Abrams, who racked up a slew of top honors running the 400 meter and 4x400 meter relay as a member of the Gamecocks track and field team, also represented her native Guyana in the 2016 and 2020 Olympics.

But the track star also has other ambitions. She began working for the university’s COVID testing program as a graduate assistant while pursuing a master’s in public health — and then transitioned to senior staff after she completed the degree in May 2021.

“I was excited to help because we needed it,” she says. “And even now, when they’re canceling a lot of other sites around town, we’re still running tests for students and staff. That accessibility has been so important for our school.”

And she’s still there, too — in part, because the flexible hours fit well with the professional athlete’s rigorous training schedule but also because she enjoys being part of the university’s pandemic response and gaining valuable experience.

“There was just a lot of great problem solving over the last two years with COVID testing,” she says. “Just seeing how everything was managed overall, how it developed and what it turned into — that will definitely help me in my career.”

If you’re faculty or staff, you’ve likely chatted with Dawn Cone. And if you’re a saliva test regular — someone who spits more than the university’s once-a-month requirement — there’s a good chance she remembers your name.

Cone is naturally social, and it shines through at work, where she has become a familiar presence. She is unfailingly professional but smiles almost constantly behind her mask and enjoys sharing anecdotes with the people she has come to know over the course of the pandemic. She calls the faculty/staff testing site in the former Synovus bank “the boutique,” because it’s the smallest of the three campus sites, or sometimes just refers to it as Cheers.

“We do everything we can to make this process fun,” she says with a laugh — and that became particularly important last fall, when the university opened testing to employees’ families and people started bringing in their kids.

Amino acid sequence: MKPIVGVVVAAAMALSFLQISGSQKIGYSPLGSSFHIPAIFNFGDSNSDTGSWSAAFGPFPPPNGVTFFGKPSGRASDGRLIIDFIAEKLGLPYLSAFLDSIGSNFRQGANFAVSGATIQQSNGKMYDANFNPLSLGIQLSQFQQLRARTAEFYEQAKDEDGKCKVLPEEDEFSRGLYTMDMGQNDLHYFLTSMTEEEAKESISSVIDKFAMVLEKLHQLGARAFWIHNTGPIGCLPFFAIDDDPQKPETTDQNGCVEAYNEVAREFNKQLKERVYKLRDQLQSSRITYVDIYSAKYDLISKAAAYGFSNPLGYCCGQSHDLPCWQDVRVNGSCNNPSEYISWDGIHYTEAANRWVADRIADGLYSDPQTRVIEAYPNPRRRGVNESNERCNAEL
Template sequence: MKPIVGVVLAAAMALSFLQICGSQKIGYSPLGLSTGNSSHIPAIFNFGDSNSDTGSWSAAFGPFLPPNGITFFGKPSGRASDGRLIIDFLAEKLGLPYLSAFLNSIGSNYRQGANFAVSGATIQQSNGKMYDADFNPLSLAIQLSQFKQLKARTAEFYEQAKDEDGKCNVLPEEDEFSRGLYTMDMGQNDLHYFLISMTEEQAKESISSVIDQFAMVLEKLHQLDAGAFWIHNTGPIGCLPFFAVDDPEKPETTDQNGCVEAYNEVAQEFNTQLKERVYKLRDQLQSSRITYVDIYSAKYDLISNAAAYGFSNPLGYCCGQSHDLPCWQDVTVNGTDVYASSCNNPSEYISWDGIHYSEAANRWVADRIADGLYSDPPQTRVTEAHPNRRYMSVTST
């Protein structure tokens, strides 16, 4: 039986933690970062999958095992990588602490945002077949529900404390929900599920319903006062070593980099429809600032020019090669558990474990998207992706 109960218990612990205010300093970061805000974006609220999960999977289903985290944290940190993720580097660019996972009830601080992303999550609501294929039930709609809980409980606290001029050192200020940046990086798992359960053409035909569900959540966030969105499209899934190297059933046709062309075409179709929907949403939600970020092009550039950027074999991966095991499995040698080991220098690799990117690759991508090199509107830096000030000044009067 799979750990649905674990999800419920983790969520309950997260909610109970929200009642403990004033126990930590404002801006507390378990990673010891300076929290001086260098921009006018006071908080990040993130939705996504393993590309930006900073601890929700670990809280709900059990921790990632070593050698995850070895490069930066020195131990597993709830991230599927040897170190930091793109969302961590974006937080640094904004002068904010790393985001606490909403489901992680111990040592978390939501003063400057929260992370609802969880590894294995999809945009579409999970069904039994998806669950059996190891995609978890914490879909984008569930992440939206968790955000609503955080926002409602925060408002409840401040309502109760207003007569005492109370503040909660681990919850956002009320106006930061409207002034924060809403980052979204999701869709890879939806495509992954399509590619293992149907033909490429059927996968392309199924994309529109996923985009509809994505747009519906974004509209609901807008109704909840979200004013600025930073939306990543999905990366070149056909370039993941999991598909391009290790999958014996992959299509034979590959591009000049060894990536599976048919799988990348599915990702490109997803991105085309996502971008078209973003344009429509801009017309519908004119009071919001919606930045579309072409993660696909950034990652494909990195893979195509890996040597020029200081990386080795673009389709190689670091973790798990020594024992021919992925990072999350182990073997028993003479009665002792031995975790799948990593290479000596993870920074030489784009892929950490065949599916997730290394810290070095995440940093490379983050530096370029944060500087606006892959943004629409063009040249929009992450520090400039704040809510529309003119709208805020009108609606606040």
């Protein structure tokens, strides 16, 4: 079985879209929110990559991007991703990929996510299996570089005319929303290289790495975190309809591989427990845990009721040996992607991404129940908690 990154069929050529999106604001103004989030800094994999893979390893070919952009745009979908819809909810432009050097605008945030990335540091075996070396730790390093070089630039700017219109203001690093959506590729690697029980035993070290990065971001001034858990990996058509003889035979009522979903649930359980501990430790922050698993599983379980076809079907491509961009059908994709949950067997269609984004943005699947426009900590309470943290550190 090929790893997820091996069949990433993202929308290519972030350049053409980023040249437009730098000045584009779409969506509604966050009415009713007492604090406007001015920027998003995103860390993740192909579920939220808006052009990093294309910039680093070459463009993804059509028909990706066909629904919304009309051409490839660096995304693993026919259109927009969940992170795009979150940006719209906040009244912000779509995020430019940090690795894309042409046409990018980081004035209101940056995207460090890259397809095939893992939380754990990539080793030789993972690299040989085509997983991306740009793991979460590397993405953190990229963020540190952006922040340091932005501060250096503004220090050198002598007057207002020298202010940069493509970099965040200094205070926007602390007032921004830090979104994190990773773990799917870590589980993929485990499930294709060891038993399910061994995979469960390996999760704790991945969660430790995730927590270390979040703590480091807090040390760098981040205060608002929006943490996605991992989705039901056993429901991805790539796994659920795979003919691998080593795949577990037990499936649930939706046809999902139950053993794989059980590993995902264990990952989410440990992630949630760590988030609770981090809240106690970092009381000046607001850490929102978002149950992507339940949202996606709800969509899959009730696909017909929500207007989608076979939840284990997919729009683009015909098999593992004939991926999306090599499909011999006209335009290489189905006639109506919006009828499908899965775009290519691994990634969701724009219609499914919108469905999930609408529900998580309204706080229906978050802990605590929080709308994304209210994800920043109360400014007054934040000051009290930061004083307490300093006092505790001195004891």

For Cone, who came to USC from Columbia Children’s Theater, where she works as a scenic artist, it was a bright spot. It was also an opportunity to make a difference during a difficult time.

 “A lot of those children experienced a different type of testing before, with nasal swabs, and they’re scared,” she says. “We’ve had little, little littles in here, like 2 years old, so to be able to teach them to spit in a tube and to make it fun — yeah, there’s no tears.”

When Karen Thao graduated from the College of Pharmacy in 2020, she was still unsure about her career path. She had an eye on clinical research, but she also liked the idea of having an immediate community impact, which led her to volunteer at two different COVID vaccination clinics in her hometown of Rock Hill, South Carolina.

“And then, since I loved that so much, when I heard about this job down in Columbia I was like, ‘Huh, OK. Let me go help them out and see how that goes,’” she says.

That was August 2021, and she’s still here — doubling as a laboratory specialist and COVID-19 test site coordinator. She drives down from Rock Hill four days a week (before case numbers fell, it was five) and helps open the faculty/staff site at 7 a.m. She’s still weighing her next move, but for now her plan is to “stick it out” at the testing site.

Asked for the biggest takeaway from the experience, she points to her coworkers and the impact they make together. “Teamwork,” she says. “We’re all different with different personalities, different backgrounds, but we all came together to meet one goal.”

Share this Story! Let friends in your social network know what you are reading about